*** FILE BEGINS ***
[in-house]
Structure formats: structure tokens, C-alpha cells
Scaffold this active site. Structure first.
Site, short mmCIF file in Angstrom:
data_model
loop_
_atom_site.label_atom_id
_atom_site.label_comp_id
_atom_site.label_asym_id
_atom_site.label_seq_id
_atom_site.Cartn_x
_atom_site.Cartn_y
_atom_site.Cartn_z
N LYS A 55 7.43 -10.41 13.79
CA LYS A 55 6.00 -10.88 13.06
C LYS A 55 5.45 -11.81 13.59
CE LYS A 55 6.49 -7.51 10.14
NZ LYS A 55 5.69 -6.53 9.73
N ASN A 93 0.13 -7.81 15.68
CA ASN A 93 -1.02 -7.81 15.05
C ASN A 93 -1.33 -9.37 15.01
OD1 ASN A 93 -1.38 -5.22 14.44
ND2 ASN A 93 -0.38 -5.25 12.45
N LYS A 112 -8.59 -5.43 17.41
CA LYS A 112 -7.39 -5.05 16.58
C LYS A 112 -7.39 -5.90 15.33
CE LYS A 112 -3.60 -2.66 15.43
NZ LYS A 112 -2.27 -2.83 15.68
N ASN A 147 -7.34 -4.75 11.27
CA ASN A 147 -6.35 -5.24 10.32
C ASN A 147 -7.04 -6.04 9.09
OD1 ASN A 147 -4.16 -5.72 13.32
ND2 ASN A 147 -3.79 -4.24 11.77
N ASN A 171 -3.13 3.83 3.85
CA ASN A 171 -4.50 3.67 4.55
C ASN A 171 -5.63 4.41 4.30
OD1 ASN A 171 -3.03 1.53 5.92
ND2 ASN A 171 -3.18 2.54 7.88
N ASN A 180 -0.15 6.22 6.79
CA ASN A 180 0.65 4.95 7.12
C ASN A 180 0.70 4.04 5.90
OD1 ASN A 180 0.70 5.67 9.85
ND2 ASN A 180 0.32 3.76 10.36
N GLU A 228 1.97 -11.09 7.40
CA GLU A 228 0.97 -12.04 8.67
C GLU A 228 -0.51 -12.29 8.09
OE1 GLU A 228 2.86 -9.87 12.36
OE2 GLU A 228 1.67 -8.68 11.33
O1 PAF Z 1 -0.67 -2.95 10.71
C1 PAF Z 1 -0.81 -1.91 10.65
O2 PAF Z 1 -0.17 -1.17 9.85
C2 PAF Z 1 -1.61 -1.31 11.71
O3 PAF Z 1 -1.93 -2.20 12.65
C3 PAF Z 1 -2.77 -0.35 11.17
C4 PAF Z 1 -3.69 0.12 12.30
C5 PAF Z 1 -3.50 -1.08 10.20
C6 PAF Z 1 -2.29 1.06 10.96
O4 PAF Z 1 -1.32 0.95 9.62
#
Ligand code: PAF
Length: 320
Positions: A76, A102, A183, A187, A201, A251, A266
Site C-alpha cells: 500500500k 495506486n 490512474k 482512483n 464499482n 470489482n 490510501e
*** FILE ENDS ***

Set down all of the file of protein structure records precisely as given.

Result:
[in-house]
Structure formats: structure tokens, C-alpha cells
Scaffold this active site. Structure first.
Site, short mmCIF file in Angstrom:
data_model
loop_
_atom_site.label_atom_id
_atom_site.label_comp_id
_atom_site.label_asym_id
_atom_site.label_seq_id
_atom_site.Cartn_x
_atom_site.Cartn_y
_atom_site.Cartn_z
N LYS A 55 7.43 -10.41 13.79
CA LYS A 55 6.00 -10.88 13.06
C LYS A 55 5.45 -11.81 13.59
CE LYS A 55 6.49 -7.51 10.14
NZ LYS A 55 5.69 -6.53 9.73
N ASN A 93 0.13 -7.81 15.68
CA ASN A 93 -1.02 -7.81 15.05
C ASN A 93 -1.33 -9.37 15.01
OD1 ASN A 93 -1.38 -5.22 14.44
ND2 ASN A 93 -0.38 -5.25 12.45
N LYS A 112 -8.59 -5.43 17.41
CA LYS A 112 -7.39 -5.05 16.58
C LYS A 112 -7.39 -5.90 15.33
CE LYS A 112 -3.60 -2.66 15.43
NZ LYS A 112 -2.27 -2.83 15.68
N ASN A 147 -7.34 -4.75 11.27
CA ASN A 147 -6.35 -5.24 10.32
C ASN A 147 -7.04 -6.04 9.09
OD1 ASN A 147 -4.16 -5.72 13.32
ND2 ASN A 147 -3.79 -4.24 11.77
N ASN A 171 -3.13 3.83 3.85
CA ASN A 171 -4.50 3.67 4.55
C ASN A 171 -5.63 4.41 4.30
OD1 ASN A 171 -3.03 1.53 5.92
ND2 ASN A 171 -3.18 2.54 7.88
N ASN A 180 -0.15 6.22 6.79
CA ASN A 180 0.65 4.95 7.12
C ASN A 180 0.70 4.04 5.90
OD1 ASN A 180 0.70 5.67 9.85
ND2 ASN A 180 0.32 3.76 10.36
N GLU A 228 1.97 -11.09 7.40
CA GLU A 228 0.97 -12.04 8.67
C GLU A 228 -0.51 -12.29 8.09
OE1 GLU A 228 2.86 -9.87 12.36
OE2 GLU A 228 1.67 -8.68 11.33
O1 PAF Z 1 -0.67 -2.95 10.71
C1 PAF Z 1 -0.81 -1.91 10.65
O2 PAF Z 1 -0.17 -1.17 9.85
C2 PAF Z 1 -1.61 -1.31 11.71
O3 PAF Z 1 -1.93 -2.20 12.65
C3 PAF Z 1 -2.77 -0.35 11.17
C4 PAF Z 1 -3.69 0.12 12.30
C5 PAF Z 1 -3.50 -1.08 10.20
C6 PAF Z 1 -2.29 1.06 10.96
O4 PAF Z 1 -1.32 0.95 9.62
#
Ligand code: PAF
Length: 320
Positions: A76, A102, A183, A187, A201, A251, A266
Site C-alpha cells: 500500500k 495506486n 490512474k 482512483n 464499482n 470489482n 490510501e